London Mayor Sadiq Khan has again highlighted the issues facing Universal Credit by calling on the Government to immediately pause its rollout in order to prevent thousands of Londoners being at risk of ‘considerable disruption’ and ‘a significant threat of harm’.

The comments come from a submission to an official consultation which closed on 20 August 2018. This relates to a three year managed migration process starting in July 2019 under which over two million claimants will be sent a letter giving them three months to apply for Universal Credit before their current legacy benefits such as Income Support are cancelled. Khan has stated he believes people currently on these benefits should be automatically transferred instead of having to apply.

This is not the first time this year that the Government’s flagship welfare benefits reform programme has run into controversy. Now in the second year of its delivery, Universal Credit has already been paused earlier in the year for Jobcentres to catch up with claim numbers.

Replacing six means-tested benefits, including Income Support and Jobseeker’s Allowance, Universal Credit was supposed to simplify the benefits system and ‘make work pay’. With a fully digital interface and an online platform capable of pulling earnings information directly from HMRC’s PAYE systems, there were high hopes for the new scheme.

Nonetheless reports of problems around technology, accessibility and knowledge of Department for Work and Pensions (DWP) staff has meant that the implementation has been far from smooth. Consequently organisations such as Mind, Citizens Advice and Child Poverty Action Group have raised concerns as to the way the benefit has been brought in, especially in connection with long delays in payment causing rent arrears.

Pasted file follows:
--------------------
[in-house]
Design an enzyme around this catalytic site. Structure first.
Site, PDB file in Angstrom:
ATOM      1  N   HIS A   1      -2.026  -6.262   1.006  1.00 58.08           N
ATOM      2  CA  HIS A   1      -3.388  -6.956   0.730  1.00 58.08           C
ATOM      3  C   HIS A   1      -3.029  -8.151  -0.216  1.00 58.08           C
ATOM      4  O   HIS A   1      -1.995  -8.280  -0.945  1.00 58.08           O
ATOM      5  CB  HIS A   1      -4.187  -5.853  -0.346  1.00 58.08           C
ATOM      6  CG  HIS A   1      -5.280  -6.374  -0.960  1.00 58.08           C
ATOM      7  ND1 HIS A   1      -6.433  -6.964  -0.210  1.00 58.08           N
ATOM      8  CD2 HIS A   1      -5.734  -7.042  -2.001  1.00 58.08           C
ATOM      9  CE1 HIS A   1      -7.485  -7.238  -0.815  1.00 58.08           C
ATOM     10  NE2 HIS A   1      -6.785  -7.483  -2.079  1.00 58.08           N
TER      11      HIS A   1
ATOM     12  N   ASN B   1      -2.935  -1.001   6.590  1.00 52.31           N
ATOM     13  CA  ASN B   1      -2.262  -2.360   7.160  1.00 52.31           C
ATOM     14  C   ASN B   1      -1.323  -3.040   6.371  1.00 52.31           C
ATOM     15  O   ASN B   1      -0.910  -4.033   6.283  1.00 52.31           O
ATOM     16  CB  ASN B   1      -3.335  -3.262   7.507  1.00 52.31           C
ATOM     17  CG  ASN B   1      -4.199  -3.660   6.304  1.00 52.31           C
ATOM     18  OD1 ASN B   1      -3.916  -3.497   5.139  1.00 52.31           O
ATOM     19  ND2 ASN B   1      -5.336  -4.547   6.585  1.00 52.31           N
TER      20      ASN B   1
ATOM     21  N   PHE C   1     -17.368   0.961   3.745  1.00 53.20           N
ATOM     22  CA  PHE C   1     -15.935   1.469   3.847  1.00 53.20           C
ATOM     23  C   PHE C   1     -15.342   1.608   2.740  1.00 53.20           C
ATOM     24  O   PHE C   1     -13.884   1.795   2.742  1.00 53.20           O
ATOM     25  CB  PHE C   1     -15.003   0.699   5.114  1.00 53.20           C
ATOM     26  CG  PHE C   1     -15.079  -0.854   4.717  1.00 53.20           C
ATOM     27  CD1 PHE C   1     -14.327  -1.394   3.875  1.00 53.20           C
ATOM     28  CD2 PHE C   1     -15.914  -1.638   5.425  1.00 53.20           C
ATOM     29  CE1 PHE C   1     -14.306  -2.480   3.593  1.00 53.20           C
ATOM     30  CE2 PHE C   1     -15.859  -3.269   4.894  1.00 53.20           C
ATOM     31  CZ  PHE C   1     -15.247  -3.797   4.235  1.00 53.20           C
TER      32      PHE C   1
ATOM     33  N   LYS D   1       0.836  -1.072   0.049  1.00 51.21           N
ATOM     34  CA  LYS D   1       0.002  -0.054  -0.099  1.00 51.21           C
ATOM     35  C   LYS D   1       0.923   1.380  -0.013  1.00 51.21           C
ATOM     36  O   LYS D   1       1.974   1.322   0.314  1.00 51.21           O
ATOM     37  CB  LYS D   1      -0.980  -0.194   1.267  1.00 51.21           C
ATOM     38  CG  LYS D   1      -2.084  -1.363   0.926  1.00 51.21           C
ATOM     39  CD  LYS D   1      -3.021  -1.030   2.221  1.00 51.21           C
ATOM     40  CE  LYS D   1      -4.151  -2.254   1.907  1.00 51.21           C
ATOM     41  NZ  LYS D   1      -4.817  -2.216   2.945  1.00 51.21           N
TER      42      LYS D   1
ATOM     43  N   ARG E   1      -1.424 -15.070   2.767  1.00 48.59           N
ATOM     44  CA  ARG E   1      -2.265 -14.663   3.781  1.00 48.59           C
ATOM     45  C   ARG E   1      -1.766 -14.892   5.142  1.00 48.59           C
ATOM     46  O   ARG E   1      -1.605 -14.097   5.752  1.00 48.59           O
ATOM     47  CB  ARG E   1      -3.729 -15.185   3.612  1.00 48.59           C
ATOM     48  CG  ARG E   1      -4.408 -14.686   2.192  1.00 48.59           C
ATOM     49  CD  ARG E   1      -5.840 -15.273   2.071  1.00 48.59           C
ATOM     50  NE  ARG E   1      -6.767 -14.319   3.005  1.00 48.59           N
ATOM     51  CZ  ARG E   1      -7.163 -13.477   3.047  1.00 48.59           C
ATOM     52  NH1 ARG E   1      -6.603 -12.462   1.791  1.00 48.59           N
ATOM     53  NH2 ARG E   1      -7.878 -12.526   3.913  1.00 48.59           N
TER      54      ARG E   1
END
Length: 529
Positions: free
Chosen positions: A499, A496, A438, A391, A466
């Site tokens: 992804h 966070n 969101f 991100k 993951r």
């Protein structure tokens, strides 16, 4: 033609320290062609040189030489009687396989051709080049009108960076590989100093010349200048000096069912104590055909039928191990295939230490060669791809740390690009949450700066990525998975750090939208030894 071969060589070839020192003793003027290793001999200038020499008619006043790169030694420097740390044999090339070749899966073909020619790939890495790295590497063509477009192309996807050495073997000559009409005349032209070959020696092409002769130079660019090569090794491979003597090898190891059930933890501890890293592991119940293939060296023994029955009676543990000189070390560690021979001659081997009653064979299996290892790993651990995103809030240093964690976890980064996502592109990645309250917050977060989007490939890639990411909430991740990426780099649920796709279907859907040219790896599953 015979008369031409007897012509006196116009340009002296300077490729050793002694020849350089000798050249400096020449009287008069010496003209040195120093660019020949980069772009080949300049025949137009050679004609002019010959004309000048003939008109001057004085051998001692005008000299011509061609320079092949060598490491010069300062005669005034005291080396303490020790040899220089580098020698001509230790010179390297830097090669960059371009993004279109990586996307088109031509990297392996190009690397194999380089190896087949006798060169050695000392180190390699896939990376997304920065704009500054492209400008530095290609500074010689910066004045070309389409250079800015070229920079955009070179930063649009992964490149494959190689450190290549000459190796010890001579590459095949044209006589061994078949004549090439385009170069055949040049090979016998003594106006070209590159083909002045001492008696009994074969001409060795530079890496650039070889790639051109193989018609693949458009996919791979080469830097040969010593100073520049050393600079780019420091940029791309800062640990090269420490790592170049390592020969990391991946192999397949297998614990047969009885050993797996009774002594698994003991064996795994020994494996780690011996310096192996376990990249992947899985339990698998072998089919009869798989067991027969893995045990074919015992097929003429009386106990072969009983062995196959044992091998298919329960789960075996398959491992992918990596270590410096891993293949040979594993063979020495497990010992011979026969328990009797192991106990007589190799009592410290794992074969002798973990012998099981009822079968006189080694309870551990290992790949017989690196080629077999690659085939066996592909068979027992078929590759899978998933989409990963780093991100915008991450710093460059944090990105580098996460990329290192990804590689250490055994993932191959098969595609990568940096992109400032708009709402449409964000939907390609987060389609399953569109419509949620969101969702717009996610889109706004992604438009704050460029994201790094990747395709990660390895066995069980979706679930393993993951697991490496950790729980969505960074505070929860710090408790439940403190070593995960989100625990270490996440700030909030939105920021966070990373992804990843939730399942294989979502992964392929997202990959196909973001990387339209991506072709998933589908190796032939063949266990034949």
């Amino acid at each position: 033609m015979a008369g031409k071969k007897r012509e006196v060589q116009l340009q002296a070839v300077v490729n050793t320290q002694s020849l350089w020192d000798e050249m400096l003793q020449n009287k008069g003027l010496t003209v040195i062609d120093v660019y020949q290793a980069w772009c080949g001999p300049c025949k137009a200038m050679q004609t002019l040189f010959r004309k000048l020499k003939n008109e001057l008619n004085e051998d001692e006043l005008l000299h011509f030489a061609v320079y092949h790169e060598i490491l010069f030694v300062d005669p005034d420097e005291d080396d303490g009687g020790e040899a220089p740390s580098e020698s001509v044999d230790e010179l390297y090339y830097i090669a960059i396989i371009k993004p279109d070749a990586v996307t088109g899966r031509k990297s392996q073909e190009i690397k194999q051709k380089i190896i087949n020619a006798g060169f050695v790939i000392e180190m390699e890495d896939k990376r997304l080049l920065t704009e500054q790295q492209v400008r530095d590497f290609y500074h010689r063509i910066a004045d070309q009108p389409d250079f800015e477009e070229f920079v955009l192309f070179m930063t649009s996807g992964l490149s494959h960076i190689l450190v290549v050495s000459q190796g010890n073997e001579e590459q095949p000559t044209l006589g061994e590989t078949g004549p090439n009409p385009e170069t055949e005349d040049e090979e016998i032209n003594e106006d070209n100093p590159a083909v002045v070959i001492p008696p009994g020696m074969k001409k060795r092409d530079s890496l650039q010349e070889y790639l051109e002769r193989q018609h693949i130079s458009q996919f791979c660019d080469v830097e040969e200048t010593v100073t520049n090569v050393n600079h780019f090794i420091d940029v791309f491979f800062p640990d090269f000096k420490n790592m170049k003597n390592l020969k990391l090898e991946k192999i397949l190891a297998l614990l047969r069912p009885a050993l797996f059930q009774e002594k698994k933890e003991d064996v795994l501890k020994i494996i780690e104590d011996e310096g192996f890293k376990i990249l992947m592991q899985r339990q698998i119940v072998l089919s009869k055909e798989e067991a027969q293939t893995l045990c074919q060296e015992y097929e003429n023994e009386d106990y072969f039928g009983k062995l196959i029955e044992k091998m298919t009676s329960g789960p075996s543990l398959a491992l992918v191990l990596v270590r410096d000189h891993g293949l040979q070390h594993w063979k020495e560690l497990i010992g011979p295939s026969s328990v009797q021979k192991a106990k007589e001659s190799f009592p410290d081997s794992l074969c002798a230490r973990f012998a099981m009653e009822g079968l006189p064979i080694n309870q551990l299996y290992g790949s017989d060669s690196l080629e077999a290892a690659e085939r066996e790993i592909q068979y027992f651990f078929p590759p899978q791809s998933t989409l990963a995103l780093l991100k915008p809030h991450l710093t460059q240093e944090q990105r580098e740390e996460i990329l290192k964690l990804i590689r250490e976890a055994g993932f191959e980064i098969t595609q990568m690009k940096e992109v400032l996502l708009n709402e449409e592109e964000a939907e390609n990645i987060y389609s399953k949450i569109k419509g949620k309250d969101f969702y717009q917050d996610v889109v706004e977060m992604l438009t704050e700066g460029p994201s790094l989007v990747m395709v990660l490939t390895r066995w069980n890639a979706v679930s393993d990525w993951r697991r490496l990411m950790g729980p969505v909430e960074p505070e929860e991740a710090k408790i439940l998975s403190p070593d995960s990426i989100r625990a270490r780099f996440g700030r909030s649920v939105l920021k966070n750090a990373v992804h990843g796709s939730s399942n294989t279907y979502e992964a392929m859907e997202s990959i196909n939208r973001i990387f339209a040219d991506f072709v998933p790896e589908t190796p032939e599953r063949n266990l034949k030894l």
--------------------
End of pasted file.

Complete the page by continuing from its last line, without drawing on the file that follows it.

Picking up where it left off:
Another particularly pertinent issue highlighted by organisations and now Khan has been the initial claims process and how claimants who are vulnerable are left to fend for themselves when it comes to having to make new online claims. Traditionally the claims process for benefits has at least theoretically been a very straightforward procedure; a telephone call followed by a paper/online form. This meant that intermediaries including family members, advice centre workers and deputies could easily claim on behalf of another person. The new online system however means that it is much more difficult to do this and Khan has stated that he believes that Universal Credit is causing ‘significant hardship to Londoners most in need of support’, a statement echoed by Child Poverty Action Group and Inclusion London.

A spokesperson from the DWP however stated in response to Khan’s comments: “Research also shows that a large majority of people receiving Universal Credit are satisfied with the service they receive. We continue to make improvements to the delivery of Universal Credit where needed and will ensure those migrating from legacy benefits get the right support.” It remains to be seen therefore what the ‘right support’ will mean for claimants, their intermediaries and the organisations which support them.